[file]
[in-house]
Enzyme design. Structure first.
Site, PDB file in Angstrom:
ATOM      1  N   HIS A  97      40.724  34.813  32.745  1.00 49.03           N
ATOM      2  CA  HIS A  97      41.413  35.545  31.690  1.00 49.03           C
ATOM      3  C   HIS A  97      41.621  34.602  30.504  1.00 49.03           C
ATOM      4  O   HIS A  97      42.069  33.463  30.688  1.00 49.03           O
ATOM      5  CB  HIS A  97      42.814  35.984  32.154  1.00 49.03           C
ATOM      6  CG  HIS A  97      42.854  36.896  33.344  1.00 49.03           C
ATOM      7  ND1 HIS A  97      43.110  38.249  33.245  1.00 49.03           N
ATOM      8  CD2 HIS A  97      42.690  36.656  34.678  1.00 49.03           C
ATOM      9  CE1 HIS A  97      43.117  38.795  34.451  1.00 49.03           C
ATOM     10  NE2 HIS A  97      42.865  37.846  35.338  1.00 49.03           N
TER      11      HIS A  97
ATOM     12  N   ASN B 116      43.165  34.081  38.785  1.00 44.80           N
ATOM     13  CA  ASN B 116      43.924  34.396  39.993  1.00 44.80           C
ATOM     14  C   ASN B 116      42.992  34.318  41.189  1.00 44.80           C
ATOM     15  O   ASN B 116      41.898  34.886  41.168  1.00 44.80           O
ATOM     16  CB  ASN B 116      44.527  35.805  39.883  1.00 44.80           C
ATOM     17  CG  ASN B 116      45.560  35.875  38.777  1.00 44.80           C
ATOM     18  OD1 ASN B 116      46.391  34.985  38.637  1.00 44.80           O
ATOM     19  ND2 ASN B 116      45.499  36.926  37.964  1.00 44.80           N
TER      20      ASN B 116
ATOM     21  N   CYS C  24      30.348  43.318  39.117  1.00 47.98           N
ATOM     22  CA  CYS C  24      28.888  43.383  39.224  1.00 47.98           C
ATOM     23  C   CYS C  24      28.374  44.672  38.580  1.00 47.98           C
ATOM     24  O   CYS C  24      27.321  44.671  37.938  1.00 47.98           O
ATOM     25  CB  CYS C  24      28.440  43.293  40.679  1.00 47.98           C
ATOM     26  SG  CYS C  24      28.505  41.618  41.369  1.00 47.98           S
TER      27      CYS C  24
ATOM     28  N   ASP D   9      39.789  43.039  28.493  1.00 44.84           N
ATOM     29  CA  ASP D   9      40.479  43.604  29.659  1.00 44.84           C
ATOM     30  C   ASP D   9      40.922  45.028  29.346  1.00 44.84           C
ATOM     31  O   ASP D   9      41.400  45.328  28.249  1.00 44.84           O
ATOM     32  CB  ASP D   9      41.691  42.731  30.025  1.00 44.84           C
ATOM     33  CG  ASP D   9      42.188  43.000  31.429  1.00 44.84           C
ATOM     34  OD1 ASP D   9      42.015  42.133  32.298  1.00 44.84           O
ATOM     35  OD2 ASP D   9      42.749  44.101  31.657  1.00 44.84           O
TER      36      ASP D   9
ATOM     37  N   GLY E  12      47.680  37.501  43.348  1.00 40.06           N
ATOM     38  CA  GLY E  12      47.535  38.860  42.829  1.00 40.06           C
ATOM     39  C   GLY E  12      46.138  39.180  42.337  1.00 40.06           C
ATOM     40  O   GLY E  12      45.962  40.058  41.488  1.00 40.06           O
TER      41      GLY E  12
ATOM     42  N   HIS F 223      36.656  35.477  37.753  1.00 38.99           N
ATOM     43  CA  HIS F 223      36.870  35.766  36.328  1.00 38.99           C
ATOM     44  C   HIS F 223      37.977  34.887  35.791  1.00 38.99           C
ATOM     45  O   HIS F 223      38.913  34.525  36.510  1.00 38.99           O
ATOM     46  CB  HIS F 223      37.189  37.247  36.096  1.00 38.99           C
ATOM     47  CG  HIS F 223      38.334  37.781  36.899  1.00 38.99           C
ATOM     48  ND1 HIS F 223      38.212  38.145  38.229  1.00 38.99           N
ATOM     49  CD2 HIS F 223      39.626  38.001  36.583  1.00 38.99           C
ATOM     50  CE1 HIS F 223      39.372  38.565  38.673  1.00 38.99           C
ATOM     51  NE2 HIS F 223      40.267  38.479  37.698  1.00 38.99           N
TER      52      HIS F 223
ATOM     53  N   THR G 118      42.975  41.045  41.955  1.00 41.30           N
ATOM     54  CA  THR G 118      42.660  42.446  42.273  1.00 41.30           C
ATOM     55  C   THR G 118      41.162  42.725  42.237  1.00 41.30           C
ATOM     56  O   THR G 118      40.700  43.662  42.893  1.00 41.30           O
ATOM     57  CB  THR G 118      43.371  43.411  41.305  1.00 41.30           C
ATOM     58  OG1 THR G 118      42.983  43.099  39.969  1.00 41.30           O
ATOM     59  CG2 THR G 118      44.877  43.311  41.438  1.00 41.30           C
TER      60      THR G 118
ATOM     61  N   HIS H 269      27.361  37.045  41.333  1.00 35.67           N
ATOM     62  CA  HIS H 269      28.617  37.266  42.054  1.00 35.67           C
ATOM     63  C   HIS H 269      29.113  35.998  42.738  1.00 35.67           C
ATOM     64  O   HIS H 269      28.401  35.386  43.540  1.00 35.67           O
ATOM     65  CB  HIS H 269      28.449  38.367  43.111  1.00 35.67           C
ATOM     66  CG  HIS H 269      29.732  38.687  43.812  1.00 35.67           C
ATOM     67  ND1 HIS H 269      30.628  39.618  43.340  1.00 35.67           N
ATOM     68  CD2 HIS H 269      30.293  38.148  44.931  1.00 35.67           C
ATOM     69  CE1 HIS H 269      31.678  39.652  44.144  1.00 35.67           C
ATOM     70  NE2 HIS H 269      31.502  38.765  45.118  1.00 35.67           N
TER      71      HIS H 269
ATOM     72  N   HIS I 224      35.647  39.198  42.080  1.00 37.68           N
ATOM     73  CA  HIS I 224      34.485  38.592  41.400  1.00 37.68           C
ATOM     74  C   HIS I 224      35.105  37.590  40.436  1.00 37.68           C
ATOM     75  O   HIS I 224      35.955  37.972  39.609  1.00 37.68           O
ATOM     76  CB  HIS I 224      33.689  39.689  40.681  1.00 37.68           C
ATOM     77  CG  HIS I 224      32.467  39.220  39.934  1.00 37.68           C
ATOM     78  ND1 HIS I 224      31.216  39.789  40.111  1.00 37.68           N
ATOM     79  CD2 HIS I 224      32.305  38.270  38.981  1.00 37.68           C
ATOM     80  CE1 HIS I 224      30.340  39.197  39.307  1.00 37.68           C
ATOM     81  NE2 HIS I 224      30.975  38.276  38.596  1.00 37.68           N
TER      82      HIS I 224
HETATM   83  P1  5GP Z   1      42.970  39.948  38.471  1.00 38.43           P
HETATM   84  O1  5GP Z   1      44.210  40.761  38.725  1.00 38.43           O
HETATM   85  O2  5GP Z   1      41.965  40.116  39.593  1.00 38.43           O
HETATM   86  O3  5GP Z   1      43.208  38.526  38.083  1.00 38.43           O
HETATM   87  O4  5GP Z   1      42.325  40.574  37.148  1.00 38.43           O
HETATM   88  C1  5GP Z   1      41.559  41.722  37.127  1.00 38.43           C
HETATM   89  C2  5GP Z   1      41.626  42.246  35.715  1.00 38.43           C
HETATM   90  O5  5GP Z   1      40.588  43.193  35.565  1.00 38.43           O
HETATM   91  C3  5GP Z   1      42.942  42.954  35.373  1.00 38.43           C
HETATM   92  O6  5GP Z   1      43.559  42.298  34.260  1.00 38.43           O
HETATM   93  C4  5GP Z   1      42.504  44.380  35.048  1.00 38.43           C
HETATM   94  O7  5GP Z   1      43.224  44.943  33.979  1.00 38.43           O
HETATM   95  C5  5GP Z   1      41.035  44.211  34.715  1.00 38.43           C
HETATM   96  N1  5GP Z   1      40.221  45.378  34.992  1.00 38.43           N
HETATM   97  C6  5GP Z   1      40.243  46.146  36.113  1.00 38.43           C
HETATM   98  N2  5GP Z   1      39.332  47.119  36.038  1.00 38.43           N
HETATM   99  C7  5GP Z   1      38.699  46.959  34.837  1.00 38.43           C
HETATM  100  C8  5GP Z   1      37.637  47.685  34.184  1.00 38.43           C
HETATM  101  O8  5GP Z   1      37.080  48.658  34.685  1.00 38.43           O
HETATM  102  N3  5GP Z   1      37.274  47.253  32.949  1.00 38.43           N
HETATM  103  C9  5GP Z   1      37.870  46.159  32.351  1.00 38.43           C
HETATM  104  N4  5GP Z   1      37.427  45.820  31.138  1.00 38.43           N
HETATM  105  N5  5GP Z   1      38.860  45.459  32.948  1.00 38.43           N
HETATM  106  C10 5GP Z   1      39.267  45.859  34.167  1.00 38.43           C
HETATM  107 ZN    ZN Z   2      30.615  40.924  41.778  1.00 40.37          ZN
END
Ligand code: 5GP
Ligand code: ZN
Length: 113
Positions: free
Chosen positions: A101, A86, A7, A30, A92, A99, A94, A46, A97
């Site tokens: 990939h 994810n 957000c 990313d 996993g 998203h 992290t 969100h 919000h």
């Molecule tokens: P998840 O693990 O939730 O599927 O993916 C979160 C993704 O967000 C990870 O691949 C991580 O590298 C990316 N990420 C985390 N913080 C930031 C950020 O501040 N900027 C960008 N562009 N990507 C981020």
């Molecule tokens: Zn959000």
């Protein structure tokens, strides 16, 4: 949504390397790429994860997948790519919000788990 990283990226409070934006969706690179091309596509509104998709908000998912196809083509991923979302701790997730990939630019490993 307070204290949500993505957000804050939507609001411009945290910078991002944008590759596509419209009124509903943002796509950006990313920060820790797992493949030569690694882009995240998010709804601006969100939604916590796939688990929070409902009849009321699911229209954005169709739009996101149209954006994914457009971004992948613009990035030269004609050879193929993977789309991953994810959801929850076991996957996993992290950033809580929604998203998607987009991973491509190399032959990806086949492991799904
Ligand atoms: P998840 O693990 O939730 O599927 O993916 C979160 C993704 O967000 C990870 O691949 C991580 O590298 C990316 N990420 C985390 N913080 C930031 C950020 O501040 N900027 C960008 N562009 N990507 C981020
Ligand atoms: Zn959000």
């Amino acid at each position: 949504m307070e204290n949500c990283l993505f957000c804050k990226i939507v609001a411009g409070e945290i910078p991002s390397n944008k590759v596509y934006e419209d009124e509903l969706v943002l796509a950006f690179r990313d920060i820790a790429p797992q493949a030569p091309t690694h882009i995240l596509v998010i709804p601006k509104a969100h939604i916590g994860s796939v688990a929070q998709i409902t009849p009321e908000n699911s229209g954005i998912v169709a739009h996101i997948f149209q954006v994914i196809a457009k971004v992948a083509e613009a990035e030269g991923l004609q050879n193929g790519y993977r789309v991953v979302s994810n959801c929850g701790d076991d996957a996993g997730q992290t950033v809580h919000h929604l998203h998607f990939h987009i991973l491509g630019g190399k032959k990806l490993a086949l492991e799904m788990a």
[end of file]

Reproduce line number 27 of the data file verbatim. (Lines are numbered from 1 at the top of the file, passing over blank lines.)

ATOM     24  O   CYS C  24      27.321  44.671  37.938  1.00 47.98           O